James O'Brien predicts fate of Brexit after further stalemate negotiations
5 June 2020, 13:58 | Updated: 5 June 2020, 14:00
This was James O'Brien's reaction to further stalemate Brexit negotiations and predicted how Brexiteers would respond rather differently.
No real progress has been made at the end of the fourth round of talks on a post-Brexit trade deal, EU chief negotiator Michel Barnier has said.
James said that the hard-core Brexiteer is going to portray Michel Barnier as having a "hissy fit" yet he is "simply describing frustration at the fact that not only has there been no progress on the major points of negotiation.
"Boris Johnson put himself in handcuffs in December, with the general election result the political declaration makes promises to the European Union that would break promises he made to British people."
James predicted, "Expect to see people pretending they understand what World Trade Organisation rules mean and that they welcome them. Obviously don't, whatever you do, mention that the global head of Nissan said two days ago that if we come out on WTO terms Nissan in the UK becomes unsustainable."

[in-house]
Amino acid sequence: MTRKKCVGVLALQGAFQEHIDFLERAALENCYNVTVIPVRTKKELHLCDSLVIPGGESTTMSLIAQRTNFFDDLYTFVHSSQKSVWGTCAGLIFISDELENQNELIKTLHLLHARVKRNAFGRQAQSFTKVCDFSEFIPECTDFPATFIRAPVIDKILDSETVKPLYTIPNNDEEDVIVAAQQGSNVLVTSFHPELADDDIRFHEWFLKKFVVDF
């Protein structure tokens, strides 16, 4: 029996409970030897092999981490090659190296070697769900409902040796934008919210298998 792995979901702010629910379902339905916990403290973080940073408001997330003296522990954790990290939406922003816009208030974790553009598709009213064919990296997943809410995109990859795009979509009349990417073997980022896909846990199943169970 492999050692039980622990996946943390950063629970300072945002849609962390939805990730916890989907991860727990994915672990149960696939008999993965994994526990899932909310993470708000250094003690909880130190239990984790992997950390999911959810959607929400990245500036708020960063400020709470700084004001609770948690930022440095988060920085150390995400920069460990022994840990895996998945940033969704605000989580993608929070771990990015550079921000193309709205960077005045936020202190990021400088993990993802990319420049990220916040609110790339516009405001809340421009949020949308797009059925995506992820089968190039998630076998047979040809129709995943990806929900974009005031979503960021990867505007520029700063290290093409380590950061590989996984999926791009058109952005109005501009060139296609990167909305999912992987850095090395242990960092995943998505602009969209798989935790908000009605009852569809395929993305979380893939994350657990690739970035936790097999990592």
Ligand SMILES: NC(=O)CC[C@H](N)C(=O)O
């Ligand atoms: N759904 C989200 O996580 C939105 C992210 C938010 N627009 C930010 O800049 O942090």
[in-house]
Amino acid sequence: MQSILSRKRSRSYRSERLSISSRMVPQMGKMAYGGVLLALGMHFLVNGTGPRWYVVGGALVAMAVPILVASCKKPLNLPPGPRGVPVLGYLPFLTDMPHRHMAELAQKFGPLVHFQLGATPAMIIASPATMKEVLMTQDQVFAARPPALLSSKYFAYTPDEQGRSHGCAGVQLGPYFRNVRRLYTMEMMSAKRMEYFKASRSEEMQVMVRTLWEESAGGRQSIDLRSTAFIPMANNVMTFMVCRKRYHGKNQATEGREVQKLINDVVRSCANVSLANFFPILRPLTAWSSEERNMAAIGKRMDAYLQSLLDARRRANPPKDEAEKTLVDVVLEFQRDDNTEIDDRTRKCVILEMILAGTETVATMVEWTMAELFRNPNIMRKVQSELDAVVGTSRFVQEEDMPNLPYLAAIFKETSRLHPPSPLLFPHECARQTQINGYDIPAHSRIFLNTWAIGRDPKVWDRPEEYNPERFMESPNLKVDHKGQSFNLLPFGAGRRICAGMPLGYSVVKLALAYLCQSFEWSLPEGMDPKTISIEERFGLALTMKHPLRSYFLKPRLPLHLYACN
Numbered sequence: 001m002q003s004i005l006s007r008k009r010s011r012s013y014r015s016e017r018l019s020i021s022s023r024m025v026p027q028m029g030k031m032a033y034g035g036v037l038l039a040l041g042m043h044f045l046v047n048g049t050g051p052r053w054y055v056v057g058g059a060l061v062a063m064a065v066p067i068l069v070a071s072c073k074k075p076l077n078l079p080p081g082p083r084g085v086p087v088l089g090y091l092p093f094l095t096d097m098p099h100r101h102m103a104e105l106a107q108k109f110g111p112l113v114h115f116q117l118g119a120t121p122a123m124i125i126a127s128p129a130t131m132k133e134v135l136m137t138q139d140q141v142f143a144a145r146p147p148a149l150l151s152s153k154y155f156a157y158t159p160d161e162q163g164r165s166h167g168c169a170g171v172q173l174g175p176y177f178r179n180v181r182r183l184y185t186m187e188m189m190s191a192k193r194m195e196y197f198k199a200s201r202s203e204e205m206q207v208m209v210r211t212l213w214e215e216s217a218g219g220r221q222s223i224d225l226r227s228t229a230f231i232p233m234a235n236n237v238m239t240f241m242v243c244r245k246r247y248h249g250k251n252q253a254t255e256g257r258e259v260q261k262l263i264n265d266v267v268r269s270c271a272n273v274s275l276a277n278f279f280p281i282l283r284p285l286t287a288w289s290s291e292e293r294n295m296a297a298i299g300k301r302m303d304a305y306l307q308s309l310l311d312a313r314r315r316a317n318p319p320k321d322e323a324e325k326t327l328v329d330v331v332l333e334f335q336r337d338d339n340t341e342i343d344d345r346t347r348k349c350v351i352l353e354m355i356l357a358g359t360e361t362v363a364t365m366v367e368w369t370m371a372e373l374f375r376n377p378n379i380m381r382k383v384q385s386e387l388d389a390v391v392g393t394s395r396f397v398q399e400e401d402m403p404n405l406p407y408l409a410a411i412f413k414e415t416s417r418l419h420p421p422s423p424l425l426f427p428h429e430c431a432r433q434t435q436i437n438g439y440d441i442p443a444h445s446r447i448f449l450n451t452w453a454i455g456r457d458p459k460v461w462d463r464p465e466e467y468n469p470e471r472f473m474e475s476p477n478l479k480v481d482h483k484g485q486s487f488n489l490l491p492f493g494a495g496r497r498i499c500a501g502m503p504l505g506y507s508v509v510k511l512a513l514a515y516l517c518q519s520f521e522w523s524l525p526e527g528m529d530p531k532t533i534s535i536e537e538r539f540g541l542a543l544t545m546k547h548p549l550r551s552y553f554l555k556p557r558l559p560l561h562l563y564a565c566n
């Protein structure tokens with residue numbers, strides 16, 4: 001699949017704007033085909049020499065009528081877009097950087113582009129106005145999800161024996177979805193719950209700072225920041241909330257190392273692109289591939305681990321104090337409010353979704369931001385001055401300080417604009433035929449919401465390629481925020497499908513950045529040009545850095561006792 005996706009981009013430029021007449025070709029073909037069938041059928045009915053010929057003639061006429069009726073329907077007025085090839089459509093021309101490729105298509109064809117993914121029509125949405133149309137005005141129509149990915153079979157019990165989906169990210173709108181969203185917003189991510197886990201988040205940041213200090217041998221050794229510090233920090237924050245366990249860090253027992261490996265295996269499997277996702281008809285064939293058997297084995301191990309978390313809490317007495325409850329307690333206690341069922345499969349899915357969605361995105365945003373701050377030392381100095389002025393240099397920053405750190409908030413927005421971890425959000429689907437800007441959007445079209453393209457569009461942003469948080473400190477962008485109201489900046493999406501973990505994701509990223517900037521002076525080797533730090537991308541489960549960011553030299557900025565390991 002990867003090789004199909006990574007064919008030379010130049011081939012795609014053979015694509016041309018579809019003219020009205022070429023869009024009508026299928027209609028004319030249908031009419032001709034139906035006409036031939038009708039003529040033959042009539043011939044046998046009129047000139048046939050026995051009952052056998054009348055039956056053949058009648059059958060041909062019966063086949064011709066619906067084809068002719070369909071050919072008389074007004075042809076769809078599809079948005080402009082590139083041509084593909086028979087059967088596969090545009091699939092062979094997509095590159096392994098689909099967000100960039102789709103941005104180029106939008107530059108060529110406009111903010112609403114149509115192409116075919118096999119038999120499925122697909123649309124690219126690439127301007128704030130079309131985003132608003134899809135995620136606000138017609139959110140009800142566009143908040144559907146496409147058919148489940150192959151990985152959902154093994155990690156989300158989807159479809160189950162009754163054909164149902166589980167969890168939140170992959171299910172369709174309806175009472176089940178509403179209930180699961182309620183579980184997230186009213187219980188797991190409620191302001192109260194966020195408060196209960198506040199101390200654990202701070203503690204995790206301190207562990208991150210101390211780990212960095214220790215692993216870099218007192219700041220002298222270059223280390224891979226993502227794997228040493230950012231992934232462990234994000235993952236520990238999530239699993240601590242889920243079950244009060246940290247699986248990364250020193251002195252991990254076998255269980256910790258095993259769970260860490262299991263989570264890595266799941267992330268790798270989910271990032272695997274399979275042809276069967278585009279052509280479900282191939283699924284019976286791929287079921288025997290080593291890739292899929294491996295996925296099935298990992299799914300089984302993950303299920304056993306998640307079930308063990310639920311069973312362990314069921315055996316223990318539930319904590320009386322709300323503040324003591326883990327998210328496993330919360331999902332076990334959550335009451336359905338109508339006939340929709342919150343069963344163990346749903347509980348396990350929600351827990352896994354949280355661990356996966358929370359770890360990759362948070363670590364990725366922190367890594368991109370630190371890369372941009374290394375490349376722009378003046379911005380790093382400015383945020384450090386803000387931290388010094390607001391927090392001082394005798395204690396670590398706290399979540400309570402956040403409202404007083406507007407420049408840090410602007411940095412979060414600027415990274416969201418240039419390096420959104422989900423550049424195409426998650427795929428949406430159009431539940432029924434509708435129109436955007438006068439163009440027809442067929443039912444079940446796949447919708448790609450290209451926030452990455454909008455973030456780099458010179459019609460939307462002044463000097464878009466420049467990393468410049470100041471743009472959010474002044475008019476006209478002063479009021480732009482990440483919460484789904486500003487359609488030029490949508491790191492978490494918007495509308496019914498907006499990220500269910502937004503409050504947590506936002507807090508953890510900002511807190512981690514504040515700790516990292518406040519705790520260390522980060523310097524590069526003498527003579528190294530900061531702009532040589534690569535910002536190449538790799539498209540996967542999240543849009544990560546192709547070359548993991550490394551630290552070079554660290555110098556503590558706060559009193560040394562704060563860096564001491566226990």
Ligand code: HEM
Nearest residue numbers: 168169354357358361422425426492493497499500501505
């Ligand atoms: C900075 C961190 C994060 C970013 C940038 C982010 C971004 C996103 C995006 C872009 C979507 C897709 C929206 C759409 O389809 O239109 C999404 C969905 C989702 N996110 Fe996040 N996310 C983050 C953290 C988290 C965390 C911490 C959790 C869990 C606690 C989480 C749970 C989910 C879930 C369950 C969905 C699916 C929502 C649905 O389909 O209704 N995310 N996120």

"Rather than admit reality or admit the truth, there will be plenty of people pretending this is what they wanted all along," James said.
He harkened back to a prediction he'd made: the UK will end up with no Brexit or no deal simply because there is no negotiable Brexit that will keep any of the people that voted for it happy.
"We've already seen backtracking. We've seen this week Boris Johnson begging European Union citizens to come back here to work," James said.
James also referred to Boris Johnson ditching a pledge to keep US chlorinated chicken out of British supermarkets under pressure from American negotiators in post-Brexit trade talks.
After Environment Secretary Theresa Villiers stated that under no circumstances would the UK be importing chlorinated chicken, "it turns out we will," said James. This U-turn, he continued, shows we should be unsurprised that the Prime Minister is trying to lie to Michel Barnier.
"I think there'll be some sort of flimsy trade agreement but if I had to put money on it, I'd go with no deal."